Why 'It Follows' Star Maika Monroe Is The Feminist Scream Queen Icon We Deserve In 2015
What's that behind you? Oh, just the little horror movie that could, director David Robert Mitchell's insta-cult hit It Follows , which expanded to over 1,600 theaters this weekend and brought in an impressive $2.4 million. According to The Hollywood Reporter, the indie film has now made $8.5 million to date, and with the ever-growing buzz surrounding It Follows, those numbers should only grow from here on out. That's great news for horror fans who are thrilled by the inventive twist on the genre, and it's especially awesome for leading lady and rising star Maika Monroe.
It Follows — in case you haven't seen it yet (and you really should, even if sleeping patterns will never forgive you for it) — is about a young woman named Jay (played to utter perfection by Monroe) who is relentlessly pursued by a supernatural force. This horrific curse has been passed along to Jay after sleeping with her boyfriend, who explains that "it" will always be after her, and if she dies it goes back to him and down the line to where it all started. Call it a creepy parable for sex and relationships, call it the scariest movie of the year (which it very well could be), but one thing is for certain, it's a star vehicle for Monroe, and that's a damn good thing for all of us.
At just 21-years-old, the actress has appeared in smaller roles in movies like The Bling Ring, At Any Price, and Labor Day, but it was in 2014 that she made her mark in Hollywood and firmly established herself as a new generation of scream queen in The Guest . Like It Follows, The Guest is a genre-bending thriller with an ultra-cool synth soundtrack and an ominous ending for the badass final girl. In it, Monroe plays Anna, a teen who becomes suspicious of a charming, but mysterious visitor named David (played by Dan Stevens) who shows up at her family's door. Monroe's Anna not only figures out who David really is, but manages to outsmart a mindless killer. You can't take your eyes off Monroe during The Guest, and though she's sexy, she's never sexualized. Her character is smart, emotional, and fully-realized. A true rarity in modern horror movies.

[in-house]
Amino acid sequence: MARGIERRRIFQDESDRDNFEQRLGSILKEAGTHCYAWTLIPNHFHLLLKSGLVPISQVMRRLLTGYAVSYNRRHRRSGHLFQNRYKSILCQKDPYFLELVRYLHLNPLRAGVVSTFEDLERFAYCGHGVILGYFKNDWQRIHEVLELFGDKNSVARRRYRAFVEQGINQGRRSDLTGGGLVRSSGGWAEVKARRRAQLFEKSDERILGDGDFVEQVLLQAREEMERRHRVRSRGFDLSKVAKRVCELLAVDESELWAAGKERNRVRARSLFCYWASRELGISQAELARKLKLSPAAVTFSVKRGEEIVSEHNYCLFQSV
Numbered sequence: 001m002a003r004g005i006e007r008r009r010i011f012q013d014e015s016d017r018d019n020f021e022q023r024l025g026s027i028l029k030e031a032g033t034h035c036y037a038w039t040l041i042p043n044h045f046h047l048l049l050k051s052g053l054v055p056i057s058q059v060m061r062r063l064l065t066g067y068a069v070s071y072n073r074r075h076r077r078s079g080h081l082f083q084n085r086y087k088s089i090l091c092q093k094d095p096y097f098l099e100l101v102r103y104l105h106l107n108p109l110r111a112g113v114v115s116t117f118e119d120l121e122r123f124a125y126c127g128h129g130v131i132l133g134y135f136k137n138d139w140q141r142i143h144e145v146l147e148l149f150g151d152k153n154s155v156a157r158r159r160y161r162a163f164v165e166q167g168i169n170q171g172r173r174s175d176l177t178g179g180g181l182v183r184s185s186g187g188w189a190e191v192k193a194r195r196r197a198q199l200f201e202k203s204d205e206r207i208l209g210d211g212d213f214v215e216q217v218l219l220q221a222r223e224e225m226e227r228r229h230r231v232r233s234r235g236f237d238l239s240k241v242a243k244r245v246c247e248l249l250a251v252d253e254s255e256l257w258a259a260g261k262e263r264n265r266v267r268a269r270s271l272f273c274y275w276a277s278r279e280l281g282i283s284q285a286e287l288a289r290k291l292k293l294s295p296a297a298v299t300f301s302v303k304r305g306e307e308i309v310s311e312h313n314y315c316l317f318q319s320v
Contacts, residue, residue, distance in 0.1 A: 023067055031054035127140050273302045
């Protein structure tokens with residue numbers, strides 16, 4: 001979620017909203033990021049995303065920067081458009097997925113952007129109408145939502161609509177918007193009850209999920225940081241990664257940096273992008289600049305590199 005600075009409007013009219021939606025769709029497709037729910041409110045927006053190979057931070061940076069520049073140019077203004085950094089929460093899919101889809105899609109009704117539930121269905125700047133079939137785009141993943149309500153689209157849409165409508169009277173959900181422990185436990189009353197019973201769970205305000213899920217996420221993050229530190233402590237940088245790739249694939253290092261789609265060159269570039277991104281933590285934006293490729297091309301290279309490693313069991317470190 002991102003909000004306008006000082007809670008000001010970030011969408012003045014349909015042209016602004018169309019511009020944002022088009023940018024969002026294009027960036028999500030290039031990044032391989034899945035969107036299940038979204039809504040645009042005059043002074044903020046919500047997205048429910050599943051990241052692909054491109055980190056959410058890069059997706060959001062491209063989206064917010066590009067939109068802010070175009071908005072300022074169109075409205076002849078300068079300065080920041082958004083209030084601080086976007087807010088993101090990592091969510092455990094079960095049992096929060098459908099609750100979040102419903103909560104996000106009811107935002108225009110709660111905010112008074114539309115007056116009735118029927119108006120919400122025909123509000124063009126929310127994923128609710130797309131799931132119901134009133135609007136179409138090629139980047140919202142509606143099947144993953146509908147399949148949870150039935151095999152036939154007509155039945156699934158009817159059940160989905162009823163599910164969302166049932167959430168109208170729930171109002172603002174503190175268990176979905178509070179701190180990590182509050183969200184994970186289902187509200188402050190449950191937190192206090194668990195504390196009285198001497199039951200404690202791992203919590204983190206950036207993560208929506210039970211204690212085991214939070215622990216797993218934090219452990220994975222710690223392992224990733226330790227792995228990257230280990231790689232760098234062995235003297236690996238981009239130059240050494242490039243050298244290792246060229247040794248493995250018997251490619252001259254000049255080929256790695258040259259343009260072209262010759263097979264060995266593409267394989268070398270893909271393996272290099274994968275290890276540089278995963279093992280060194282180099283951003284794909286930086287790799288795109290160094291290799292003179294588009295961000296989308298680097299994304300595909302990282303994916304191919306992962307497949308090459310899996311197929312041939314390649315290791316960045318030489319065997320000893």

The same could be said for her character Jay in It Follows. Jay is beautiful and flawed and clever and vulnerable and independent, but still depends on those around her for help in a crisis. In just the span of 100 terrifying minutes, Monroe conveys all that and so much more. She is fear and fearlessness personified.
But what's most impressive about Monroe is that she's ushering in a new era of feminist horror characters and films. During a chat with Bustle.com at Sundance back in February, Monroe told us, "I like strong women, seeing strong women in film, and you know — tough chicks." She said of the It Follows leading lady, "There’s something intriguing about this character. How in the end she becomes a hero. She would never think of herself as being able to survive something like that, until she does." Hear, hear.
Jay is a horror victim, sure, but not in the traditional horror sense. She may be scared shitless (and with damn good reason) but she does everything in her power to take her fate back into her own hands. She does not lay down and die, she runs for her life and tries desperately to protect herself and those around her. She is not the virginal horror damsel we've seen time and time again, rather a complex fighter. Women are not one-dimensional, no matter what so many outdated horror flicks have told us, and Jay and Maika bring that to life in the chilling It Follows.
Monroe — who will be seen in the upcoming films Echoes of War and The 5th Wave — acknowledged that while she's still a relative newcomer to the scene, "It seems to me that there are some really amazing roles for women today that is a newer thing. I do see a change, and it’s really good." We couldn't agree more, and it starts with Maika Monroe.
Image: Northern Lights Film